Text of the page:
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Hiralal Jindani Vs. the Official Assignee of Madras and anr. - Court Judgment

LegalCrystal Citation
SubjectCriminal
CourtChennai
Decided On
Reported inAIR1937Mad191; 166Ind.Cas.344; (1937)1MLJ130
AppellantHiralal Jindani
RespondentThe Official Assignee of Madras and anr.
Excerpt:
- - , had held that the onus prima facie lies upon the applicant to prove that the money belongs to him and as there is no evidence to establish the fact, the application must fail. without adopting the same formula, the same result would nevertheless be reached by another course of reasoning as well......that the receipt granted by the magistrate at the time of the payment of the fine states that the money was paid on behalf of the accused by the applicant. wadsworth, j., had held that the onus prima facie lies upon the applicant to prove that the money belongs to him and as there is no evidence to establish the fact, the application must fail. without adopting the same formula, the same result would nevertheless be reached by another course of reasoning as well. assuming for the sake of argument that this sum of rs. 1,000 was drawn by the applicant from his own account in the indore bank it would not follow therefrom that the applicant is now entitled to this amount. at the time when it was paid into the criminal court in payment of the fine imposed on the accused the money must in law.....
Judgment:

Varadachariar, J.

1. This is an appeal against the order made by Wadsworth, J., on an application presented by the appellant in the insolvency of one Abbeyamul Sowcar, asking for a declaration that the sum of Rs. 1,000 which had been paid by the insolvent as fine when he was convicted in C.C. No. 939 of 1933 on the file of the Court of the Presidency Magistrate, Madras, is money belonging to the applicant and that he is entitled to a refund of the same.

2. For reasons which we need not state in detail, the application underwent a number of adjournment and when it came on for hearing on 24th February, 1936, the applicant was not able to be present to give evidence. The record however shows that as part of the evidence which he proposed to adduce, a pass book of the applicant relating to his account with the Indore Bank had been produced in terms of a consent order passed by Mockett, J., to show that at or about the relevant time the applicant withdrew the sum of Rs. 1,000 from his own account with the Indore Bank. This apparently was intended to answer the allegation in the Official Assignee's report that the applicant was not in a position to find Rs. 1,000 himself and that the amount must have been paid out of the insolvent's monies. We may here mention that Abbeyamul Sowcar was adjudged insolvent on 1st February, 1934, that he was convicted in the Magistrate's Court on the 9th April, 1934, that the fine of Rs. 1,000 imposed upon him was paid on 14th April, 1934, and the sentence was revised by this Court on appeal on 11th September, 1934.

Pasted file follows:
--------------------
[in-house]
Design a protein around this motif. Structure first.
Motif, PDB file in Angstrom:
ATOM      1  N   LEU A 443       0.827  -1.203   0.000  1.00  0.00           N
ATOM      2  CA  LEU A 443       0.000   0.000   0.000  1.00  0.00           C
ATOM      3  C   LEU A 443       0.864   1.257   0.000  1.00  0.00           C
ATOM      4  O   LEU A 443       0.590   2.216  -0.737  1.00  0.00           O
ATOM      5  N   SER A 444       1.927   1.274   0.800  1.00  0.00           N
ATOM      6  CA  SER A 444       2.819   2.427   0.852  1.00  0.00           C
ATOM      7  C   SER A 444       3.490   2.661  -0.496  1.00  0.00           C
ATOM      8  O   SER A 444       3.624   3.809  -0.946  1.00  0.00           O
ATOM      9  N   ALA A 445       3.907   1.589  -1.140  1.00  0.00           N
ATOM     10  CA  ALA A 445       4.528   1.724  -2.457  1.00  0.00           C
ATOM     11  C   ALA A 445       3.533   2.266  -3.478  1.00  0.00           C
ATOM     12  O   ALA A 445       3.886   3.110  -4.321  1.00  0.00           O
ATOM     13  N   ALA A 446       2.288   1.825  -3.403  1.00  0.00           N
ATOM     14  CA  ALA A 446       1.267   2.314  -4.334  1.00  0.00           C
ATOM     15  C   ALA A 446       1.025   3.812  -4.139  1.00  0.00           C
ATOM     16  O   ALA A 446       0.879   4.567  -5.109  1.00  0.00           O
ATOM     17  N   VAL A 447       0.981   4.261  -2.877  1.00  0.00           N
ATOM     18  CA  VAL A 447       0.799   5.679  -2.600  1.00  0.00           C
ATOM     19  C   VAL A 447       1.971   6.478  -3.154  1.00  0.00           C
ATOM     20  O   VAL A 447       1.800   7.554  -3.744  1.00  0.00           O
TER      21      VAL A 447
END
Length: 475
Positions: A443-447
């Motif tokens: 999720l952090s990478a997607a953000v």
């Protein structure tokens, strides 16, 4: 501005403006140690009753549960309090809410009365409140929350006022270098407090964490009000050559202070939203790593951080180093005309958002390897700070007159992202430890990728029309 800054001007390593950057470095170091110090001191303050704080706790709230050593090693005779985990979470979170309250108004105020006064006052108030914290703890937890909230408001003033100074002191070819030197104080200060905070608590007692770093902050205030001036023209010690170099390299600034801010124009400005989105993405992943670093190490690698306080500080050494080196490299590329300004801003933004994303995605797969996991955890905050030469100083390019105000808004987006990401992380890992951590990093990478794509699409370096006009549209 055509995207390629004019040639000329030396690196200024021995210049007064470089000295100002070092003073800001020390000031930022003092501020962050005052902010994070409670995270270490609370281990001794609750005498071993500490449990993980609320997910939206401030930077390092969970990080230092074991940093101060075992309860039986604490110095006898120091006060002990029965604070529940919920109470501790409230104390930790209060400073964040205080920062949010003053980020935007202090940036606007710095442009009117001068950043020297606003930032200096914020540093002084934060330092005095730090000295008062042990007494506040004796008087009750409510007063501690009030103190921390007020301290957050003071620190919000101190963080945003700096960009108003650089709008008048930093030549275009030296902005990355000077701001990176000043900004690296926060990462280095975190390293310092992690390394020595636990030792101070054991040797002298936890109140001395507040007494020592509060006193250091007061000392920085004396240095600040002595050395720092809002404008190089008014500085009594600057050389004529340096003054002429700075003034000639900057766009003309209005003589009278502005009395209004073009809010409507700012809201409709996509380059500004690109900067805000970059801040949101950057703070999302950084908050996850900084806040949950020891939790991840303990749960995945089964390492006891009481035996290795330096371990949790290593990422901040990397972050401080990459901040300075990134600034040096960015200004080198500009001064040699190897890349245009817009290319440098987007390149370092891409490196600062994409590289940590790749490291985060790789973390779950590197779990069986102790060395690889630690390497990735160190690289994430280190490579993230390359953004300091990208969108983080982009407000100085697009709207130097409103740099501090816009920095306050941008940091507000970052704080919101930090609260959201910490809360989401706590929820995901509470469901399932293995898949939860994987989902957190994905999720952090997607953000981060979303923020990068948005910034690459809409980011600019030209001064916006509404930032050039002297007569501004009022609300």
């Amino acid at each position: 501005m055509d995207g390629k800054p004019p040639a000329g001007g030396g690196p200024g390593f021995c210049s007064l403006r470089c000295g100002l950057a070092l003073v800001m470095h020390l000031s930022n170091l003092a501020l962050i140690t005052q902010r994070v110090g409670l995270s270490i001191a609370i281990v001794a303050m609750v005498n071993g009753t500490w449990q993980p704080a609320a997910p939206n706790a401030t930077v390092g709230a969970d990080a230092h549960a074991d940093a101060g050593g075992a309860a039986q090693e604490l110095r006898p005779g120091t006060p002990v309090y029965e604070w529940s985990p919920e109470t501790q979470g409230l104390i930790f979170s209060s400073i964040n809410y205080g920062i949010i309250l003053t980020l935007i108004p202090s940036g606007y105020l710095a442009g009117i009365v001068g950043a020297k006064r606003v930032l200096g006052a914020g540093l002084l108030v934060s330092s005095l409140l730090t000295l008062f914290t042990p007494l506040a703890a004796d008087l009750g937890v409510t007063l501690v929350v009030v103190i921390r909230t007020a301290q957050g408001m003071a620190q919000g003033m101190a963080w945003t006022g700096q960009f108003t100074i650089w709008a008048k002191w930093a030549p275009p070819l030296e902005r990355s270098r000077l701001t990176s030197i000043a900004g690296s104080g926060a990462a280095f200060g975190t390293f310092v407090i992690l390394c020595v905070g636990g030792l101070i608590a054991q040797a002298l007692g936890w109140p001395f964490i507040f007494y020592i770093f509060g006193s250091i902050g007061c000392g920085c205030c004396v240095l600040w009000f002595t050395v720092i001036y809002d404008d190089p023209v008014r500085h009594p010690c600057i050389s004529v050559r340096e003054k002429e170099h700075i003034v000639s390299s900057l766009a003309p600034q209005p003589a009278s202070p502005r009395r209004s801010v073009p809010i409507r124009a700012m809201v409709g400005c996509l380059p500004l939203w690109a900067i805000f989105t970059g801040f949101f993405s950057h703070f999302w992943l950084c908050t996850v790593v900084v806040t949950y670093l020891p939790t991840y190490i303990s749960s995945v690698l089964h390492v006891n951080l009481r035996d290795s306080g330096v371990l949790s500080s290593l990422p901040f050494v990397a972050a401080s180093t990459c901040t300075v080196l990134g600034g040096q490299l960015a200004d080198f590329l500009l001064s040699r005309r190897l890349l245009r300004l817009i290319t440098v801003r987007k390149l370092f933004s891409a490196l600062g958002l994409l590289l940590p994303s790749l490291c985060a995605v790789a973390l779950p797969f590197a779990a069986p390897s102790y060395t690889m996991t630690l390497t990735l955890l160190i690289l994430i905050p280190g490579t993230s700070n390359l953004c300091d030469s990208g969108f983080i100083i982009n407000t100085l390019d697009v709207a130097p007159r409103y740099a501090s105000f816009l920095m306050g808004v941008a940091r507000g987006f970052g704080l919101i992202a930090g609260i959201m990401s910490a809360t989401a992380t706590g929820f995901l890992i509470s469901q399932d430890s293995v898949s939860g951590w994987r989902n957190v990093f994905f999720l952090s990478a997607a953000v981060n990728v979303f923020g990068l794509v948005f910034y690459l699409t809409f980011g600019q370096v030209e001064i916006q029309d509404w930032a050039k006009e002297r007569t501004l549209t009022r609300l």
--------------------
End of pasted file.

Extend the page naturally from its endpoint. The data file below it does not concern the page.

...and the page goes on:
3. The applicant relies on the fact that the receipt granted by the Magistrate at the time of the payment of the fine states that the money was paid on behalf of the accused by the applicant. Wadsworth, J., had held that the onus prima facie lies upon the applicant to prove that the money belongs to him and as there is no evidence to establish the fact, the application must fail. Without adopting the same formula, the same result would nevertheless be reached by another course of reasoning as well. Assuming for the sake of argument that this sum of Rs. 1,000 was drawn by the applicant from his own account in the Indore Bank it would not follow therefrom that the applicant is now entitled to this amount. At the time when it was paid into the Criminal Court in payment of the fine imposed on the accused the money must in law be deemed to have become the property of the accused because title thereto must pass to the Crown. There is no provision in the Criminal Procedure Code that on reversal of the sentence the Crown must return the amount to anybody other than the accused, even if the amount had been paid by such other person. We think the proper assumption to make in such cases is that at the time of the payment of the fine all parties agreed that the money might be treated as the property of the accused. In this view any proof by the appellant that he found the money in the first instance will not suffice to entitle him to get it back. His right thereafter will be only against the insolvent's estate; and whether he will be entitled to claim it back in whole or in part will depend on whether he made a present of it to a relative in trouble or whether he merely lent it and if so, on what terms. These are matters which cannot be taken to be proved either by the receipt granted by the Magistrate or by the production of the Indore Bank pass book. The insolvent might have been examined as a witness on behalf of the applicant but that course has not been adopted.

4. Mr. Raghava Rao requested us to give his client an opportunity to examine himself and to adduce other evidence in support of the application; but the record shows that more than one adjournment had been obtained in the lower Court and on one occasion the application was even dismissed for default and subsequently restored. We quite sympathise with the applicant, who has to come down all the way from Indore for the purpose of giving evidence in this case. That is perhaps the very reason why he did not think it worth while. In these circumstances we are not prepared to interfere with the order of our learned brother refusing to grant any further adjournment in the matter; and on the record as it stands, his order is right. This appeal fails and is dismissed with costs of the Official Assignee.


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